Research at the University of Chicago shows that sleep can aid the mind to learn a difficult task and also helps people recover learning that they believed they had forgotten over the course of the day.
A test of learning to play video games was conducted. The researchers revealed that those people, who after training had apparently forgotten how to perform a complicated task, supposedly remembered the techniques after a nights sleep. This method is useful for learning language processes such as reading and writing and also eye-hand skills like tennis.
Howard Nusbaum, Professor of Psychology at the University of Chicago and also a co-researcher in this study says that, “Sleep consolidated learning by restoring what was lost over the course of a day following training and by protecting what was learned against subsequent loss. These findings suggest that sleep has an important role in learning generalized skills in stabilizing and protecting memory.”
Around 200 college students who had little experience playing video games were tested. Most of these students were women. These volunteers were made to learn video games containing a rich, multi-sensory virtual environment in which the players had to make use of both hands to deal with continuously changing visual and auditory signals. The first person navigation games require learning maps of different environments. They made use of first person shooter games. The players had to avoid getting killed and instead kill the enemy bots (software avatars that play against the participant).
The subjects were given a pre-test to evaluate their initial gaming performance level. They were later trained to play these games and then again tested on their performance. They were divided into four groups. First group, they were trained in the morning and then were tested 12 hours later, during which time they were awake. Second group, they were trained in the morning and were tested the next day, i.e. 24 hours after being trained. Third group, they were trained in the evening, and were tested after 12 hours, i.e. after a night’s sleep. Fourth group, they were trained in the evening and tested 24 hours after training.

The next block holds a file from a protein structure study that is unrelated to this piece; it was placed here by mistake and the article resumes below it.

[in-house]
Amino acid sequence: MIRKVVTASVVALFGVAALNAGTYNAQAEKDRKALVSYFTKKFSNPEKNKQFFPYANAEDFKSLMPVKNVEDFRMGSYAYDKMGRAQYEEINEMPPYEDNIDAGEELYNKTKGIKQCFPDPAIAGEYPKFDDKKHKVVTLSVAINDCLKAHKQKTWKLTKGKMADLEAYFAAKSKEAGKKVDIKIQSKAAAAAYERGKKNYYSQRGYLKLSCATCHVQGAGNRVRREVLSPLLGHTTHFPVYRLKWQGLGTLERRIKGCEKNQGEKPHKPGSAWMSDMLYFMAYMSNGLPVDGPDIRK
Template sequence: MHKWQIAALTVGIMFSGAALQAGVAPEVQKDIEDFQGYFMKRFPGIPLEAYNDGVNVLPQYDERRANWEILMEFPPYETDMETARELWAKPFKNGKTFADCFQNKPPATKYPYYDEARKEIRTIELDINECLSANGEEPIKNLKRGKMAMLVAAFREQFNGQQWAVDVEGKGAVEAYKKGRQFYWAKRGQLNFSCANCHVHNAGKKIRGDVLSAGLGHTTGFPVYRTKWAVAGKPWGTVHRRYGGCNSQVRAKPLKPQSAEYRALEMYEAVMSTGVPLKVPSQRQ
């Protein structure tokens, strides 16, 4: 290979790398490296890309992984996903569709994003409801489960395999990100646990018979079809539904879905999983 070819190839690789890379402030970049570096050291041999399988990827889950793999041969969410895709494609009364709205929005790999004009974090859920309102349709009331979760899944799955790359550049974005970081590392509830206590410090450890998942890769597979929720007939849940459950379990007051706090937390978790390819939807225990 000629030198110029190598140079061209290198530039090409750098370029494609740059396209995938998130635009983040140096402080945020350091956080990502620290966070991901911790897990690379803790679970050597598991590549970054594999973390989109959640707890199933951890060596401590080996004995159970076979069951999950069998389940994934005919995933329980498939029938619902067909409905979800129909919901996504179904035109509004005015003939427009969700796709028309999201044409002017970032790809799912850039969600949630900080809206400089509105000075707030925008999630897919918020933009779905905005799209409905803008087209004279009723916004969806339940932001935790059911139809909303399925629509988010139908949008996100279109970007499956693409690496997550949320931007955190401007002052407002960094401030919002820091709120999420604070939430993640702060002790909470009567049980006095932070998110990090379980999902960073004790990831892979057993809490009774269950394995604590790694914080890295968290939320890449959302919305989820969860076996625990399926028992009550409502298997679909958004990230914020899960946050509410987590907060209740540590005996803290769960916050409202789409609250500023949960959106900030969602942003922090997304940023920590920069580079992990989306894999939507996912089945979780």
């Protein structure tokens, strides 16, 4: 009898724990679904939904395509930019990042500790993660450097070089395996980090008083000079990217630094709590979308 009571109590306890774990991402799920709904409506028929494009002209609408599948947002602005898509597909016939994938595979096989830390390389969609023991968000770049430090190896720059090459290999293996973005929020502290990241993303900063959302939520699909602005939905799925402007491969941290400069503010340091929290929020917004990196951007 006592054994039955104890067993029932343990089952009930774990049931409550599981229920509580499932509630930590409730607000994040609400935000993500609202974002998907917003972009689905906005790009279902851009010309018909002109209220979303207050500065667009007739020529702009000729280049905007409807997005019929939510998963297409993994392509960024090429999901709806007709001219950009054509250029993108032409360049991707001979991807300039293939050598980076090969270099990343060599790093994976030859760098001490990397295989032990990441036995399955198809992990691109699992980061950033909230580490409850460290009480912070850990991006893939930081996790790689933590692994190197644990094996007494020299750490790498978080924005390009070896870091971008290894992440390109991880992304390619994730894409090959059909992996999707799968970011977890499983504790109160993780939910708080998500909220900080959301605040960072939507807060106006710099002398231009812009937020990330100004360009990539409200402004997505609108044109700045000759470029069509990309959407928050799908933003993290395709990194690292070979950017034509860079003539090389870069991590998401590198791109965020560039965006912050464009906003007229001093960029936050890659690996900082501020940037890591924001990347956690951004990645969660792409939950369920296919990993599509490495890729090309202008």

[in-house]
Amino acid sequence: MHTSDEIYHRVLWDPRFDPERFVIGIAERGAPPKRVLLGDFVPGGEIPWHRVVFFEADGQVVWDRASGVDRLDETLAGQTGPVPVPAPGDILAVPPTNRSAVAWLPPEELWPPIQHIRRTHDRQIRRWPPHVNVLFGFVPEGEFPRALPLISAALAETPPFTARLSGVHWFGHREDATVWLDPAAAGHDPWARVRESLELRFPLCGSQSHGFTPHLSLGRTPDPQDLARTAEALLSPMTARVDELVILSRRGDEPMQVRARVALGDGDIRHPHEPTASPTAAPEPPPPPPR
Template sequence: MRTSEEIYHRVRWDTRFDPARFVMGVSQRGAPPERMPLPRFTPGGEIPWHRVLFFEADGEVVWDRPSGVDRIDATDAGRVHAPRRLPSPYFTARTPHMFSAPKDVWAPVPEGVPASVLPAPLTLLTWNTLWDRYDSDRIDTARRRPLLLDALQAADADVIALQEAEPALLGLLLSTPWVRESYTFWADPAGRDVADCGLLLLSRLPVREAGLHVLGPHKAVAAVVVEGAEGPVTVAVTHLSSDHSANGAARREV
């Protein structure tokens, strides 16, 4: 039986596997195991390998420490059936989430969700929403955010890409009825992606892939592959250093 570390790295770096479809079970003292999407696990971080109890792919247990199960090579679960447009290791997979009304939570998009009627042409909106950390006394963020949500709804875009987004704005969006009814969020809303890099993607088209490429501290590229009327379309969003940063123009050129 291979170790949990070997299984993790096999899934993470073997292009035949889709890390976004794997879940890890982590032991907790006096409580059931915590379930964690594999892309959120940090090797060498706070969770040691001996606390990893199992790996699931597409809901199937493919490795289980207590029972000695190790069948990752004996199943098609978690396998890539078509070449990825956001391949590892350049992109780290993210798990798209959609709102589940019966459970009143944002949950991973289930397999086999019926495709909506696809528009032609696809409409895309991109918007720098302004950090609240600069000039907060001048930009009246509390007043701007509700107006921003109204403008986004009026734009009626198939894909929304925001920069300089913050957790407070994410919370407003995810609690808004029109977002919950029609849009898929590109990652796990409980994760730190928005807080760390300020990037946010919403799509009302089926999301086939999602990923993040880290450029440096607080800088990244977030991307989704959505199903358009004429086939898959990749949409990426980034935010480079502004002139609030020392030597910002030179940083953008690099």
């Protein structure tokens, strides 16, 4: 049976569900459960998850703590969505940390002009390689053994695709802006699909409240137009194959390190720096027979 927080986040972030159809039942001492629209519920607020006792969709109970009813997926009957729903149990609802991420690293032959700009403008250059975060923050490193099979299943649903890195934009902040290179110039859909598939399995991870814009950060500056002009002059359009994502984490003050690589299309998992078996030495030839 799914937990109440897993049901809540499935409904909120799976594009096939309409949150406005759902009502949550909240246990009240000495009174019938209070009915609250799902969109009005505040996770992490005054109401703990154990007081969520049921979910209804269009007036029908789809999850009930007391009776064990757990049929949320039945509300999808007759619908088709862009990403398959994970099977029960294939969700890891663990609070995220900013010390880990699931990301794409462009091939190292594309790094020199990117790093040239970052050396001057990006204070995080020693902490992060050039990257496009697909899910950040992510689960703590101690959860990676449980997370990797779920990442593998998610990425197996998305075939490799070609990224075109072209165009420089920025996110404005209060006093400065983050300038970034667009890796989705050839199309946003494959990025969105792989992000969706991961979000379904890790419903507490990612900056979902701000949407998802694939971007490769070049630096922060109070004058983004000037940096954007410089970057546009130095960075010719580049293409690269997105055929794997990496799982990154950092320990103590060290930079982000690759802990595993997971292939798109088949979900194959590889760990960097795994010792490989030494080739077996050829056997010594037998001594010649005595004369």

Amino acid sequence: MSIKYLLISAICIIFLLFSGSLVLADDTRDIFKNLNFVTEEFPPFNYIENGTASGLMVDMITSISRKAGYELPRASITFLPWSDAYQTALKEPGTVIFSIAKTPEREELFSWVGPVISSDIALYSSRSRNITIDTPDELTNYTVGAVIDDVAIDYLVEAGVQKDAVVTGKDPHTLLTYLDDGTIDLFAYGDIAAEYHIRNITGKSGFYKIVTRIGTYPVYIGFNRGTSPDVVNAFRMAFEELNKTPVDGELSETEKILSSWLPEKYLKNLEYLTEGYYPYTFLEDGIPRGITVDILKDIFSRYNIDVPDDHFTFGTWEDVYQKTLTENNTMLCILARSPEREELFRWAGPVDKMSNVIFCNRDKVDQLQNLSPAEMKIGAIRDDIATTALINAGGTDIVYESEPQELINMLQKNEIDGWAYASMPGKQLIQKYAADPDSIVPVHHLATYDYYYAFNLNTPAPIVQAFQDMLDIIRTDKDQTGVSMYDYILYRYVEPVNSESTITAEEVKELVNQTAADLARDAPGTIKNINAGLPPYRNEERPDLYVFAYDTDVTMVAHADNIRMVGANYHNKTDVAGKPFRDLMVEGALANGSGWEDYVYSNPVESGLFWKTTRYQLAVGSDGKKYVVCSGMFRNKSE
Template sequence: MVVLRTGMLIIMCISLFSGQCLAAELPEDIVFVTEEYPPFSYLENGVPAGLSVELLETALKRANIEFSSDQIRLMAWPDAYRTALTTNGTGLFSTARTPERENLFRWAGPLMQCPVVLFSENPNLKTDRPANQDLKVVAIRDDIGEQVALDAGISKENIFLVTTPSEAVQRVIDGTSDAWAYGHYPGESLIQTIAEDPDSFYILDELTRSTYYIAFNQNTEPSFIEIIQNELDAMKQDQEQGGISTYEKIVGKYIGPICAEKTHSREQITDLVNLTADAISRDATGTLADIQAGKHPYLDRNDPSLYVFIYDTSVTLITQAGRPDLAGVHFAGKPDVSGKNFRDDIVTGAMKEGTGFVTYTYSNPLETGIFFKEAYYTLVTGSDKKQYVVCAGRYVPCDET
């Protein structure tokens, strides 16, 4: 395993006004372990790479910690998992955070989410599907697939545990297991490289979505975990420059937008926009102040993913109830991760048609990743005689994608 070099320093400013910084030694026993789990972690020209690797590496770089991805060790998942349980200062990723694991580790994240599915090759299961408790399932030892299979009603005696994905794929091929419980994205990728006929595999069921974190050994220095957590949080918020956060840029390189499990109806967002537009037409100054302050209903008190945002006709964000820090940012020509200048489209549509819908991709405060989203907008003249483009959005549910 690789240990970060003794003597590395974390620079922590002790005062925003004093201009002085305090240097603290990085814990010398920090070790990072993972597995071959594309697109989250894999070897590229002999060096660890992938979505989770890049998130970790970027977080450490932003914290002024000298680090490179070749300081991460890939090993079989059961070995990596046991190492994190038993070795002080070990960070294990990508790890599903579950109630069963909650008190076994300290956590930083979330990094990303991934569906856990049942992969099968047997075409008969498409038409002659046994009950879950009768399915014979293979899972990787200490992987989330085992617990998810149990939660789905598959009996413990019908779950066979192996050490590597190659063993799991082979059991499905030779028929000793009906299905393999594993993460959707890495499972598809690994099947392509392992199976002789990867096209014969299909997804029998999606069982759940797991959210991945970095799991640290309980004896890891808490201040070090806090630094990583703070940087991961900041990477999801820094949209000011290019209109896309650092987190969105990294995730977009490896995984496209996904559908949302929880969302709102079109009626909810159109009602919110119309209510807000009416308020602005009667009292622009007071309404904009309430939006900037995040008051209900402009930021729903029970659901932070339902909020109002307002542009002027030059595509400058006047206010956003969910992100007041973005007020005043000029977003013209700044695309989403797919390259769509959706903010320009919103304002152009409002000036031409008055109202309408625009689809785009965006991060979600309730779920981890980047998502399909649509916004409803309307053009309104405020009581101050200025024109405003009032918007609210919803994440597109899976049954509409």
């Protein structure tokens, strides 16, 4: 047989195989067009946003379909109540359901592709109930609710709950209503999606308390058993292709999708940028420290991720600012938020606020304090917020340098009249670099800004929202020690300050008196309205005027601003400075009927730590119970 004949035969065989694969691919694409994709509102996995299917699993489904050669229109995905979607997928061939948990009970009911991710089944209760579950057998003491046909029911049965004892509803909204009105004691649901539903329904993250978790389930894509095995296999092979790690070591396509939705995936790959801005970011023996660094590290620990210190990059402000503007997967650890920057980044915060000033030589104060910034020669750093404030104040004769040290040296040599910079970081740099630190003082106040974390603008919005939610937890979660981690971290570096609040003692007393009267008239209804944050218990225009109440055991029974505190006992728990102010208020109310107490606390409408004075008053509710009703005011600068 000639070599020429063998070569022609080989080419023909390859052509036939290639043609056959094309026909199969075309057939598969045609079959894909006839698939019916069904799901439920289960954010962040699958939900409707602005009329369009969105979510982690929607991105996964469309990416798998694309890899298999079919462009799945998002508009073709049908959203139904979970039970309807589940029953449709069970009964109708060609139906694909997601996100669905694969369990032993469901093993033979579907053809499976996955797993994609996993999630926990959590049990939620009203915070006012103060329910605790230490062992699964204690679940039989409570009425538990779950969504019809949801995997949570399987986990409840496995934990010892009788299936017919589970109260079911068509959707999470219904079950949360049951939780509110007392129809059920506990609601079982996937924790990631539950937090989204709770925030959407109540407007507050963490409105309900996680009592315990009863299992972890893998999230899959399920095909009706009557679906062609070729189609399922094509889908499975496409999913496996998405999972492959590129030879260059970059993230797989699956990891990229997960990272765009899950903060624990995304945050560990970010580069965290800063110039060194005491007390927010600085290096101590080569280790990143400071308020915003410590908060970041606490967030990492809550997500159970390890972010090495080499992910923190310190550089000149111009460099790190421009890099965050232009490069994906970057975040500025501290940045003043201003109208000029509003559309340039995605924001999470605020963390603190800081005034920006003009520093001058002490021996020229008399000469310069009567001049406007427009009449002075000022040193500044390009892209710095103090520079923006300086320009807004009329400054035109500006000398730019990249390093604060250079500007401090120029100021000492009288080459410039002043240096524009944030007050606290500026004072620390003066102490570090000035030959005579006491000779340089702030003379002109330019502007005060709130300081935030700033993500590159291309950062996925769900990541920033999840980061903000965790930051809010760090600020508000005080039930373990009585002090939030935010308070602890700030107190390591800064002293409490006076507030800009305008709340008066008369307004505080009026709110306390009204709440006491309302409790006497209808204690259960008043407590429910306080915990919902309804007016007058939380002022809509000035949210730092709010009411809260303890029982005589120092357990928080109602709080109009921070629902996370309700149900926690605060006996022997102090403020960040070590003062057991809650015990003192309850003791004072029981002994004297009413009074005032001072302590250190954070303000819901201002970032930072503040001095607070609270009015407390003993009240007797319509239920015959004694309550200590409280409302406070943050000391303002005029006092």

Immediately after being trained in the morning, the subjects showed an 8% point improvement in accuracy. Then again, those subjects who had to spend 12 waking hours after training and then tested in the evening, lost half of their progress. And when subjects were tested early morning, 24 hours after their initial training, they showed 10% point improvement.
About this Nusbaum say that, “The students probably tested more poorly in the afternoon because following training, some of their waking experiences interfered with training. Those distractions went away when they slept and the brain was able to do its work.”
The students who received an evening training their scores improved by 7% points and progressed to 10% points the next morning. It remained at that level throughout the day.
Nusbaum’s co-authors were Timothy Brawn, a graduate student in Psychology at the University. Brawn is also the study’s lead author. Other co-authors were Kimberly Fenn, who is now the Assistant Professor of Psychology at Michigan State University. And Daniel Margoliash, Professor in the Departments of Organismal Biology & Anatomy and Psychology at the University.
This study was preceded by their earlier study which showed that sleep consolidates perceptual learning of synthetic speech. Nusbaum says, “In that study we showed that if after learning, by the end of the day, people ‘forgot’ some of what was learned, a night’s sleep restored this memory loss. Furthermore a night’s sleep protected memory against loss over the course of the next day.”
According to Nusbaum, this recent study expanded their previous analysis to reveal that sleep also benefits people learning complicated tasks.
Their findings are published in the Learning and Memory issue.